Articles | Information |
Security Camera | Surveillance Equipment | CCTV Camera |
Security Camera | Surveillance Cameras | Dome Camera
Source & Copyright: www.cla.asn.au/0805/index.php/articles/2009/cctv-system-wastes-most-of-6m-says-cla
wastes most of $6m, says CLA
Article posted on Tuesday 14 April 2009
Spending $6m on pretending CCTV in WA will prevent crime, or
even cost-effectively catch criminals after crime, is nothing
more than PR spin, CLA CEO Bill Rowlings says. Even in the UK,
with the world's biggest CCTV systems, the technology is a
massive failure, which senior Metropolitan Police acknowledge
WA about to waste $6m on CCTV
WA is about to waste most of $6m introducing a ‘big brother’
CCTV system statewide that won’t work...just like the system at
Sydney Airport didn’t work when a bikie gang allegedly killed a
man there last month.
“This is a con trick on the WA public,” said Civil Liberties
Australia’s CEO, Bill Rowlings.
According to the media release of WA Police Minister Rob
Johnson: “A new CCTV register system will allow WA Police to
better monitor and fight anti-social behaviour across Western
He claims police will watch live vision from CCTV cameras across
the State, “which could allow them to act faster when an
incident arises,” as his media release says.
“Any suggestion that CCTV will actively fight anti-social
behaviour is a beat-up, and a triumph of PR spin over
experience, ” Mr Rowlings said today.
“CCTV systems do not prevent crime. Even after a crime, CCTV
systems produce extremely poor results, according to world
The head of the Visual Images, Identifications and Detections
Office (Video) at New Scotland Yard, Detective Chief Inspector
Mick Neville, said last year that massive investment in CCTV
cameras to prevent crime in the UK had failed to have a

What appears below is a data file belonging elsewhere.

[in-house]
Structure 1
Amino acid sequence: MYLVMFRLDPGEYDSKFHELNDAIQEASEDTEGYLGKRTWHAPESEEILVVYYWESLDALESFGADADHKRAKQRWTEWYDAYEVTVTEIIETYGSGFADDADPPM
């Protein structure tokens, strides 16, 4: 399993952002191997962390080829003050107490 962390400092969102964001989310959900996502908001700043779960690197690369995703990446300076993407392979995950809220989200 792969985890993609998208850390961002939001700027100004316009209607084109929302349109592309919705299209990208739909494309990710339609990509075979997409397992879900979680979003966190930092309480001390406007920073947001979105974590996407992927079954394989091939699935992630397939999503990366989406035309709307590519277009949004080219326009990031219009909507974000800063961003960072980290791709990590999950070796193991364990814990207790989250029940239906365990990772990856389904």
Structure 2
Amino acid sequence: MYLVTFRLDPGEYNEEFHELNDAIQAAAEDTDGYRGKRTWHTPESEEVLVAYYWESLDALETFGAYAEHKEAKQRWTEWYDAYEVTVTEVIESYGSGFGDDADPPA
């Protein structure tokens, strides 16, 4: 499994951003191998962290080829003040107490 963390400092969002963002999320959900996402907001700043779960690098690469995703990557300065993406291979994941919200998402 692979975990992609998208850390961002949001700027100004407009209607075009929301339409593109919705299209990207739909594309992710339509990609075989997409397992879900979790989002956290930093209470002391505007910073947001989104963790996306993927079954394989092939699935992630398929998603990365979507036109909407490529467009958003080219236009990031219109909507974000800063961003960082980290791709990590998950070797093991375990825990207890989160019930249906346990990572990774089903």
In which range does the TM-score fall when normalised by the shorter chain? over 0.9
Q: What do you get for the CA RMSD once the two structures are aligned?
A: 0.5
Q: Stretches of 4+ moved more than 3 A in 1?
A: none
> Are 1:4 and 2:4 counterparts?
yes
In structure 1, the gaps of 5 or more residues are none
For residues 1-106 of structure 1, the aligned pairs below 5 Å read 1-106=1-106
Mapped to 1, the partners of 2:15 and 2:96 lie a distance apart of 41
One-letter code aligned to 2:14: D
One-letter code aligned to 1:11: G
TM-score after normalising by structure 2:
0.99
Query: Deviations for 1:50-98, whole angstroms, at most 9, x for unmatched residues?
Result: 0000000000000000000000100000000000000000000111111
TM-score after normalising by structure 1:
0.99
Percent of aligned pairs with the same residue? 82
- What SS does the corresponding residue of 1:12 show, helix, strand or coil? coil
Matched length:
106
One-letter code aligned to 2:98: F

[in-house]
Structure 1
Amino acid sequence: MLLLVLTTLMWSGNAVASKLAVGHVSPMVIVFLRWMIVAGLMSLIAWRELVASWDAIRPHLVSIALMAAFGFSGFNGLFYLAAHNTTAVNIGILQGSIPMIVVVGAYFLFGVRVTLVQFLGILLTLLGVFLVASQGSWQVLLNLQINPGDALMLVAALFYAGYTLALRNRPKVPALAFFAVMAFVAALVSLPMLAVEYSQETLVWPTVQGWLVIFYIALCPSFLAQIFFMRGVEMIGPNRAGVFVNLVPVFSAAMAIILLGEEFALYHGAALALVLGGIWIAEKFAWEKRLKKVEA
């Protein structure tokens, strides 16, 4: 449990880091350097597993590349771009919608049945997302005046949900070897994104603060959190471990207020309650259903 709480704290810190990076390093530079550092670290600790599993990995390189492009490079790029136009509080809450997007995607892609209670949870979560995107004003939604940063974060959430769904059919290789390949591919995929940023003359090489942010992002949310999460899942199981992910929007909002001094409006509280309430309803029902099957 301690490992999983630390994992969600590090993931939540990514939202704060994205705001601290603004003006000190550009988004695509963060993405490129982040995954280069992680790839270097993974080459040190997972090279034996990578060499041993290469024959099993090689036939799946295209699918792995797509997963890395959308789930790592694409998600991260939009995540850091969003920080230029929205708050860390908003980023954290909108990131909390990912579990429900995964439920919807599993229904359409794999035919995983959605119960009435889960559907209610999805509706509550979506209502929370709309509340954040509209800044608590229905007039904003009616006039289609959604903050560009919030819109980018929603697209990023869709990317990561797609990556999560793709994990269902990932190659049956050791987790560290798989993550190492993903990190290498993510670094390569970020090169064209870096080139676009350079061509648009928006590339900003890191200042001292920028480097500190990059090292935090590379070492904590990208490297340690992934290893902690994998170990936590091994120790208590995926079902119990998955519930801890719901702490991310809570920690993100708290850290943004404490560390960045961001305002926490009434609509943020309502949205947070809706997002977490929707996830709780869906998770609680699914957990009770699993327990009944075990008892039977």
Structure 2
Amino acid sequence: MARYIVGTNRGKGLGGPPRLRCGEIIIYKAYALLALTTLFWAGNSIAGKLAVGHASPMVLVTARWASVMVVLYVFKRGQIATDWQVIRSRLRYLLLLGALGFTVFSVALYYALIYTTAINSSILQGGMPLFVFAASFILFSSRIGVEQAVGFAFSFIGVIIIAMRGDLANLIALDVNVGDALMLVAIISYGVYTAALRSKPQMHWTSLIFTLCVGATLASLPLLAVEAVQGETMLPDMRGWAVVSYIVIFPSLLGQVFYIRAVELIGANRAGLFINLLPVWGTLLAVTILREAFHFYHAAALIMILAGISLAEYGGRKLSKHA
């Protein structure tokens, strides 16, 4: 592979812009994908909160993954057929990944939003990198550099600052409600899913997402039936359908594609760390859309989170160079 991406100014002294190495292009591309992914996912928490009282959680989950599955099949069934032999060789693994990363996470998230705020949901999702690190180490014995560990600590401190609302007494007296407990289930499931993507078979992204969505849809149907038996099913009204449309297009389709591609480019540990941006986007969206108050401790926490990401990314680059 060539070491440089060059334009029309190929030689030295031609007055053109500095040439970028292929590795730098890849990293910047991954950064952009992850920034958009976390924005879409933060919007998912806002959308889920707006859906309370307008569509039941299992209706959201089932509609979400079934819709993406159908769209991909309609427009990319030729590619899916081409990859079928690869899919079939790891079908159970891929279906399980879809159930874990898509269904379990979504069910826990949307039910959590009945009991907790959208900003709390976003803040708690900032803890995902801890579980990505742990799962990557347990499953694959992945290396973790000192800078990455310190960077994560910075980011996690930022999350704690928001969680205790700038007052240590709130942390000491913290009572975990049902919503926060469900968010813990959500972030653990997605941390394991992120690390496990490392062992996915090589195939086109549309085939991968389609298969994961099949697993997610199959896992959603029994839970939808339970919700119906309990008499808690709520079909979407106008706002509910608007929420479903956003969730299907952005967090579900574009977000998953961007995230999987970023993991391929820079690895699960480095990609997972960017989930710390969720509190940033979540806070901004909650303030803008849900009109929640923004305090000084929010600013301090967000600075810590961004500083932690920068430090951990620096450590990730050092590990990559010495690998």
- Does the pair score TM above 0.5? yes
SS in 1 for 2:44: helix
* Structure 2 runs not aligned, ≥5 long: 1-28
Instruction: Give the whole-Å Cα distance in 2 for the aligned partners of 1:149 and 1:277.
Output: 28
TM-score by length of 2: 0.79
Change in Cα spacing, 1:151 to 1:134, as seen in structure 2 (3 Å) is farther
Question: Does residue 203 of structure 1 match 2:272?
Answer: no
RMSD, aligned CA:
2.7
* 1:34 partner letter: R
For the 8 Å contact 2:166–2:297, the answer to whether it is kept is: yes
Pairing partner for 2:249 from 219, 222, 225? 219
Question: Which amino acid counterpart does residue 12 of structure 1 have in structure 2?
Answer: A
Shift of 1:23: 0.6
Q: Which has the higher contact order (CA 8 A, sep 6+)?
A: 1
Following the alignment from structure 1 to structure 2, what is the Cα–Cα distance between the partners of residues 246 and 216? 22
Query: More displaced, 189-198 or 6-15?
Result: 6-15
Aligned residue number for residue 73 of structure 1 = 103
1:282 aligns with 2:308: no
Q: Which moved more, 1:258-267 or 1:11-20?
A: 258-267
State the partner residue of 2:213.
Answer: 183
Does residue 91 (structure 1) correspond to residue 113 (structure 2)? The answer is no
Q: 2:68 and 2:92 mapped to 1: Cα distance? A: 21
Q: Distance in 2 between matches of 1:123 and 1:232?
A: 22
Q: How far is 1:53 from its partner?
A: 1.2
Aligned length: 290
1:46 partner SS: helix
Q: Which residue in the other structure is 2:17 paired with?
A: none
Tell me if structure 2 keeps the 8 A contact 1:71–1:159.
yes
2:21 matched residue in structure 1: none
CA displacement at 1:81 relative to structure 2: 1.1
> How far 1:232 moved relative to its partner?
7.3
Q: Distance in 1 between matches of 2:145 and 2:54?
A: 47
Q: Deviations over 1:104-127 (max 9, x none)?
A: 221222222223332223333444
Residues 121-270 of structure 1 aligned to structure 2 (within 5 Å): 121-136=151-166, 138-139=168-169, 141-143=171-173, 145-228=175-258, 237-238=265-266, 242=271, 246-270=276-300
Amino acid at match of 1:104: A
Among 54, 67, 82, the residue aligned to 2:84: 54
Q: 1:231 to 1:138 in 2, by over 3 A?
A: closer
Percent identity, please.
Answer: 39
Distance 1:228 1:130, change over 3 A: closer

significant impact, despite billions of pounds spent on the new
Only 3% of crimes in London were solved using CCTV images, even
though Britain has more security cameras than any other country
“Use of CCTV images for court evidence has so far been very
poor,” said DCI Neville, the officer in charge of the
Metropolitan Police’s CCTV unit.
"CCTV was originally seen as a preventative measure," DCI
Neville told the Security Document World Conference in London.
"Billions of pounds has been spent on kit, but no thought has
gone into how the police are going to use the images and how
they will be used in court.
“It's been an utter fiasco: only 3% of crimes were solved by
CCTV. There's no fear of CCTV. Why don't people fear it? [They
think] the cameras are not working," DCI Neville said.
And, if Sydney Airport is anything to go by in Australia, the
cameras won’t be working in WA, Mr Rowlings said.
“What chance is there that cameras in remote Meekatharra will be
repaired by a competent camera technician every time a sandstorm
blows through, or there’s an electricity spike?” Mr Rowlings
Police Minister Johnson claims ‘blue iris’ will watch people at
large public events like New Year’s Eve and Australia Day
Skyworks. “Blue Iris will be a valuable tool to police
operations and crime prevention across WA,” Mr Johnson said.